Rachel Kadish, The Weight of Ink. 2017.
This one grew on me. At the beginning I’ll admit I had little sympathy with Aaron Levy, the PhD student who is sort of our protagonist. I liked Helen Watt I suppose but I wasn’t particularly arrested by the story. That said, as things progressed into the real meat, the scenes proper of Esther alongside the scenes of Aaron and Helen, I did get sucked in.
This one isn’t going to be long, because I’m writing a little too late after getting suddenly invited out of Tartu for what turned out to be a 4-day trip. (Aitäh jälle, Kärt, kui sa loed.) The main thing that stuck with me about The Weight of Ink was how powerful was the instinct in it (and I think this is true of a lot of historical fiction) to make historical characters share our values. Kadish could surely write excellent history of 1660s England, given how much research she has clearly done. Within the context of that period, she places Esther, who is both in her identity and in her philosophy, a profoundly 21st century character. You could say the same about Miller’s Patroclus.
Having, for example, Esther be more or less an atheist, consider desire to be the source of meaning and morality in human life, harbor a gay husband, and be an unvanquishable female philosopher in times where such activity was forbidden, makes her share the values of her contemporary readers. She predicts, amazingly, thought that would arise 200 years and later after her life.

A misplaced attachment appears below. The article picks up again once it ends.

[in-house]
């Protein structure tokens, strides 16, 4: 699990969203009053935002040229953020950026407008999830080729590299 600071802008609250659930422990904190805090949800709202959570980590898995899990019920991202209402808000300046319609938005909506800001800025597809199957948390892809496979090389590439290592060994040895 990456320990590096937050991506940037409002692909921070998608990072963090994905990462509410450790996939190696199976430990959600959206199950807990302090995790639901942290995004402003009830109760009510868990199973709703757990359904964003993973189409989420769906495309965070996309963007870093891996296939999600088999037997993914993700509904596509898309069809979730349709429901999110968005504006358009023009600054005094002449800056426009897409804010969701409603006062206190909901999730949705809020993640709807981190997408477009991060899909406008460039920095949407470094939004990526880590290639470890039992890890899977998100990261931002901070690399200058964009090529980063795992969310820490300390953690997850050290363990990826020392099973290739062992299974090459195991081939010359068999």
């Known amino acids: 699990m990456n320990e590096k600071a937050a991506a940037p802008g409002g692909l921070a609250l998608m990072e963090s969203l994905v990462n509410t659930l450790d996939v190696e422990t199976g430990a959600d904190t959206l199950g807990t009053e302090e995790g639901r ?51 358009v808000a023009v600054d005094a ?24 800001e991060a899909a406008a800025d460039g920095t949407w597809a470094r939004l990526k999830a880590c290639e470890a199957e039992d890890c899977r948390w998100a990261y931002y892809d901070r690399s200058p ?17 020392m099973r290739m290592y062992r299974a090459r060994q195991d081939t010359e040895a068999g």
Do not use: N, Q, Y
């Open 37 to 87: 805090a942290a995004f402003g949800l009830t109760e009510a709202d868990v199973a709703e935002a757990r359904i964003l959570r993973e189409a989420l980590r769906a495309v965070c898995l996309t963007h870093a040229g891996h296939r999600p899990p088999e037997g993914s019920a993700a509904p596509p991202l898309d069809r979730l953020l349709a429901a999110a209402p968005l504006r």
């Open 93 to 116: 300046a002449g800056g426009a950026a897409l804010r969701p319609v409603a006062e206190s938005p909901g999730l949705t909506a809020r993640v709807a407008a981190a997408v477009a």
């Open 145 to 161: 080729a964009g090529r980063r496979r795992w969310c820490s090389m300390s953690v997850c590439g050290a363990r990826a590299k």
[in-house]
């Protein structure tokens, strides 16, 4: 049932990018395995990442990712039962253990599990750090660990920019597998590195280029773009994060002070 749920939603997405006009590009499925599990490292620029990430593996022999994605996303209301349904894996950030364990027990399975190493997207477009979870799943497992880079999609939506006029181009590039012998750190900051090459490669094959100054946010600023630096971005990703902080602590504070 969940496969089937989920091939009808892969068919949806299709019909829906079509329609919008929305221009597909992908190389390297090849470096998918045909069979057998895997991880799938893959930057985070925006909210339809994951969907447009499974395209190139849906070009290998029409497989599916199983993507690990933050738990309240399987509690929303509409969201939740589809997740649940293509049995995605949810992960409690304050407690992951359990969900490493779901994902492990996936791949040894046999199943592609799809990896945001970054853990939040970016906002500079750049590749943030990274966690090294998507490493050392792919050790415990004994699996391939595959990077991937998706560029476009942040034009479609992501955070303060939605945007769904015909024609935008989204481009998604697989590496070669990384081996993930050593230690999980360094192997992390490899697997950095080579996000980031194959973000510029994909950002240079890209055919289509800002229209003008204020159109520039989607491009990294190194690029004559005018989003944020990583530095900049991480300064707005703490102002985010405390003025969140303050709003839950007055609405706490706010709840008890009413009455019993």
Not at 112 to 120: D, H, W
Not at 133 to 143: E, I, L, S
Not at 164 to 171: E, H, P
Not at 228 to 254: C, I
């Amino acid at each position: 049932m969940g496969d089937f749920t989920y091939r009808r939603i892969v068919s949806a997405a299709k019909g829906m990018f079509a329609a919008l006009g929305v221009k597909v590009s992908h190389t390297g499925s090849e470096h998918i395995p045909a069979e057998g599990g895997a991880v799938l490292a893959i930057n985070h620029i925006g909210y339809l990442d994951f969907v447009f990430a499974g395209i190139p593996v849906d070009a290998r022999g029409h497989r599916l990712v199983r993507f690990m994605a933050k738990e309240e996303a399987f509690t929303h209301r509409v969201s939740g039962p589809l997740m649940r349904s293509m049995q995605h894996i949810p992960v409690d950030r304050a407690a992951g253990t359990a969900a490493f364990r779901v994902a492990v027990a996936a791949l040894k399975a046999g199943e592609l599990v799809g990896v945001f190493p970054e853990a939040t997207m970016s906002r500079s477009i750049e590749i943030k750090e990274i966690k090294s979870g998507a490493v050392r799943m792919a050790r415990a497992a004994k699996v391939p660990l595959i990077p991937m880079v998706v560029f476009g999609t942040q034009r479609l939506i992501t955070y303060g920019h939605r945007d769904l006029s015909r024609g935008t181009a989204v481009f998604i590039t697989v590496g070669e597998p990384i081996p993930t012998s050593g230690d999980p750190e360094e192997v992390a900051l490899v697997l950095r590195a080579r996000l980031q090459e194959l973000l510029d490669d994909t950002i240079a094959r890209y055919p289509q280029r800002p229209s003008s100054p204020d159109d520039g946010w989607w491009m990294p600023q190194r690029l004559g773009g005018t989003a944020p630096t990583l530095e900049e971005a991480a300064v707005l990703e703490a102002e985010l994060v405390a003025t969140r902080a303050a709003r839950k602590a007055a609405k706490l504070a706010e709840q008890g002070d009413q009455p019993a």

This is not a knock against the book. It makes Esther a great character, and I liked her a lot. I wonder, though, about this instinct in historical fiction. I would have to read more, frankly, but it seems to me that this is an eternal difficulty not only in dramatizing history but in studying it at all. We do not do so in detachment. We claim individuals, themes, events, and thoughts as our ancestors and our patrimony. It is impossible not to do so. History is not simply elemental to our conception of self, it is the whole of our conception of self.
What makes a certain ancestry claim legitimate? On what grounds do we claim people as ours? Take a look at this forum post on the white supremacist stormfront.org, in which members of the website discuss “who is your favorite Byzantine emperor?”
The question is ridiculous for many reasons, but what this group of white supremacists are doing are claiming, by the act of discussing and praising the deeds of a group of violent theocratic Medieval despots, a sort of patrimony. This group of historical people, their ideas, their values and their history, belong to us. Why is stormfront member Spartan_Blood, whose location is listed as Canada, entitled to claim such patrimony? This Canadian presumably has about as much in common with Flavius Heraclius as I (a white New Yorker) have with Moctezuma.
I don’t have a good answer, but these seem like valuable questions to pursue. 1: what makes a patrimony claim legitimate? 2: why do people claim certain patrimonies over others?